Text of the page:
Although many forms of tooth restorations are designed to last a lifetime, dentists are still seeing a large number of patients returning for treatment when their restorations fail. In fact, it’s reported that around 10 percent of tooth restorations fail, and replacement now accounts for the majority of surgery undertaken by dentists in the United States today. So what can dentists be doing to improve success?
Why Tooth Restorations Fail
When a tooth restoration fails, it’s very easy for the patient to place the blame on the dentist’s own experience and skills, or on the material that was used for the restoration. However, while these are important factors, one of the main reasons for a failed restoration is a lack of proper finishing and polishing. These are essential aspects that are all too frequently overlooked in clinics today.
Polishing: A New Trend
While all dentists know that polishing is very important for cosmetic work, its role in restorations isn’t given as great a focus. An important question to ask is ‘why?’ While there’s no definitive answer, we can safely assume that previous failures in polishing restorations have played a big role. Looking back to when composite materials were first used for restorations, many fillers were quartz-based. As we know, quartz doesn’t polish well, and despite best efforts, patients were still left with sharp, jagged edges.
Restoration practices then evolved without the inclusion of polishing, which didn’t really contribute anything to the finished effect at the time. However, we’ve come a long way from the composites of the 1950’s and 60’s, and today’s microfilled composites lend themselves very well to polishing and finishing.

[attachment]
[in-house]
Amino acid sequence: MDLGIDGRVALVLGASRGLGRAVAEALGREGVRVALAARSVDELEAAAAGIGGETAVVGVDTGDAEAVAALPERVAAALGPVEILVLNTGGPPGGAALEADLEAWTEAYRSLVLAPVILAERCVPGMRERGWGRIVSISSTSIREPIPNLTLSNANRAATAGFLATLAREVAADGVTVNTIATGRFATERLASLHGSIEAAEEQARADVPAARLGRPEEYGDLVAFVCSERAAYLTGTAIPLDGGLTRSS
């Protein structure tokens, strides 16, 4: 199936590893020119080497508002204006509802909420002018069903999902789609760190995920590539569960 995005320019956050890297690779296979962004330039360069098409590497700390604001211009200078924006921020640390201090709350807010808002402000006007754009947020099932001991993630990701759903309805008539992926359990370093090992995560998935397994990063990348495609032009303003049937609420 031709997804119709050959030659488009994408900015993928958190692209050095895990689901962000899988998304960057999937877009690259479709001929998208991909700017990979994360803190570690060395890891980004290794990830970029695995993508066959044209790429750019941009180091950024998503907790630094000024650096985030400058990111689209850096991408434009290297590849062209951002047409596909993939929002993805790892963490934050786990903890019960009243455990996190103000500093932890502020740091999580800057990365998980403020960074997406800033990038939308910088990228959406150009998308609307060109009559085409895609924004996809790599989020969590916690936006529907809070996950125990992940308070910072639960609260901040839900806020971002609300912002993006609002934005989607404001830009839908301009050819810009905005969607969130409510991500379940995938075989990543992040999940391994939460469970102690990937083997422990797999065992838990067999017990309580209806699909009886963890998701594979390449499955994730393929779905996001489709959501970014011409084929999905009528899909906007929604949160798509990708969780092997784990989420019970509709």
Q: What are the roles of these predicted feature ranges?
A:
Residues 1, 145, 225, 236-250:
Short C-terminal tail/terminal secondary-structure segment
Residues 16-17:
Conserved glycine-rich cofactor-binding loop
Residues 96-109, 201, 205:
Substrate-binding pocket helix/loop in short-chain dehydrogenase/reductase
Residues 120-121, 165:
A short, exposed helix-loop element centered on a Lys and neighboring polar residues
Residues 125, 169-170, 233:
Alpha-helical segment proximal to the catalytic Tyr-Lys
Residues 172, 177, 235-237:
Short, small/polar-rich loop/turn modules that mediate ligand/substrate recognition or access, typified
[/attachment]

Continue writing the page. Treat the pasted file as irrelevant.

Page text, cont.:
Polishing and finishing correctly really can mean the difference between a successful and an unsuccessful tooth restoration. Here are just some of the reasons to include tooth polishing in your processes:
- Polishing a tooth restoration helps to create a smoother surface with lower levels of adhesion, reducing the risk of plaque build ups and staining, leaving the tooth healthy for longer.
- The smooth finish created by polishing a tooth restoration can significantly minimize the risk of irritation to the gums, reducing sores, bleeding, and maintaining the health of the tissue.
- Polishing tools provide a shinier, more reflective surface, encouraging a natural smile. A patient who is satisfied with their treatment may be more likely to take care of their teeth in the future.
Best Polishing Practices
There are a number of polishing processes that are regularly used in clinics, and every dentist has their own preferences. However, for tooth polishing, diamond-based finishers are often recommended, as they are said to be the most effective at minimizing the abrasive qualities of the composite, and leaving a smoother surface.
But it’s not just about material. A good polish is also about coarseness, too. It’s important to use a selection for polishing a tooth restoration. Course polishers can help with contouring and shaping, a medium coarse polisher can work to remove imperfections, and a fine polisher can bring out the shine of the tooth.
Gazelle nanocomposite polishers from Microcopy is a 2-step polishing system that offers a Satin and a Hi-gloss finish. The Satin finish is ideal for all restorations. Then follow up with a Hi-gloss polisher if a higher luster is desired on anterior restorations.
The proper finishing and polishing is a key component for maximum restorative success. There are a lot of great polishing options available. Try out a few and find a polishing system that gives your patients the best restoration while keeping your schedule predictable.